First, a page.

Volume 411, Number 2, November IV 2003
|Page(s)||149 - 156|
|Section||Interstellar and circumstellar matter|
|Published online||17 November 2003|
On the intrinsic shape of molecular clouds
National Research Council of Canada, Herzberg Institute of Astrophysics, Dominion Radio Astrophysical Observatory, PO Box 248, Penticton, BC V2A 6J9, Canada
2 Department of Physics and Astronomy, University of Calgary, 2500 University Dr. NW, Calgary, AB T2N 1N4, Canada
3 Department of Physics and Astronomy, University of Western Ontario, London, ON N6A 3K7, Canada
Corresponding author: C. R. Kerton, firstname.lastname@example.org
Accepted: 14 August 2003
Knowledge of the intrinsic shape of molecular clouds and molecular cloud cores provides useful information on both the formation and collapse mechanisms associated with the objects and on the initial conditions for star formation. We compare the shapes of molecular clouds as determined by the [CITE][ HCS01]hcs01 and [CITE][ BKP03]bkp03 catalogues of 12CO() emission in the outer Galaxy. The catalogues are based upon different versions of the FCRAO Outer Galaxy Survey and also utilize different techniques for defining both the extent and shape of the clouds, which allows us to examine the effects of using different cloud definition and shape-fitting algorithms. In order to compare the two catalogues we use a subset of the cloud population where the clouds are well-defined in both data sets. We model the clouds in terms of triaxial ellipsoids and use a Monte Carlo technique to determine the best-fit intrinsic shape distribution which matches the observed axis ratio distributions. Our analysis shows that the observed shapes of molecular clouds can be best described in terms of an intrinsic distribution of triaxial ellipsoids that are intermediate between near-oblate and near-prolate ellipsoids. The lack of high axis ratio clouds seen in the HCS01 catalogue is shown to be an artifact of the cloud definition algorithm and not an intrinsic property of the molecular clouds.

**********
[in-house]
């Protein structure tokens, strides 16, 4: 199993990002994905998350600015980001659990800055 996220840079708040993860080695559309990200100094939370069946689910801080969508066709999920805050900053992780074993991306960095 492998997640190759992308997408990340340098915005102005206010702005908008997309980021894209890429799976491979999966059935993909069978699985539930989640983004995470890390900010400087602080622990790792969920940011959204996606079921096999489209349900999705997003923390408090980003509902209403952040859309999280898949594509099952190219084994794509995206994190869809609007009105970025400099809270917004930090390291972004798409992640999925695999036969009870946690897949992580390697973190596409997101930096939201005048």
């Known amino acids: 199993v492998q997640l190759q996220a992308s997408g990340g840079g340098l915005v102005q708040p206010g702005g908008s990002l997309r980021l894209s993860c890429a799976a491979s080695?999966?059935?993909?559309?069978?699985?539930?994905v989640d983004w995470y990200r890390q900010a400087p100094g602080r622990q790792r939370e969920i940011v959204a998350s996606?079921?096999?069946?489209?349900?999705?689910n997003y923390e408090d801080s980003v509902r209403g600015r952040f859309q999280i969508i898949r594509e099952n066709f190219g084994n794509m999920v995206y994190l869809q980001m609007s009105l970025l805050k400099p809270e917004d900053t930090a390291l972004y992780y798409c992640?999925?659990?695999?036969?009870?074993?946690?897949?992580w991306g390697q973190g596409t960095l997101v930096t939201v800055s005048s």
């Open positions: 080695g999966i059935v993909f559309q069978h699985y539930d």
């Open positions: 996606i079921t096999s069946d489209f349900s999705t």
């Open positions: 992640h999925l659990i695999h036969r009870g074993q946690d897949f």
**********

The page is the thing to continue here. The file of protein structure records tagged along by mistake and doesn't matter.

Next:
Key words: ISM: molecules / radio lines: ISM / methods: data analysis
© ESO, 2003
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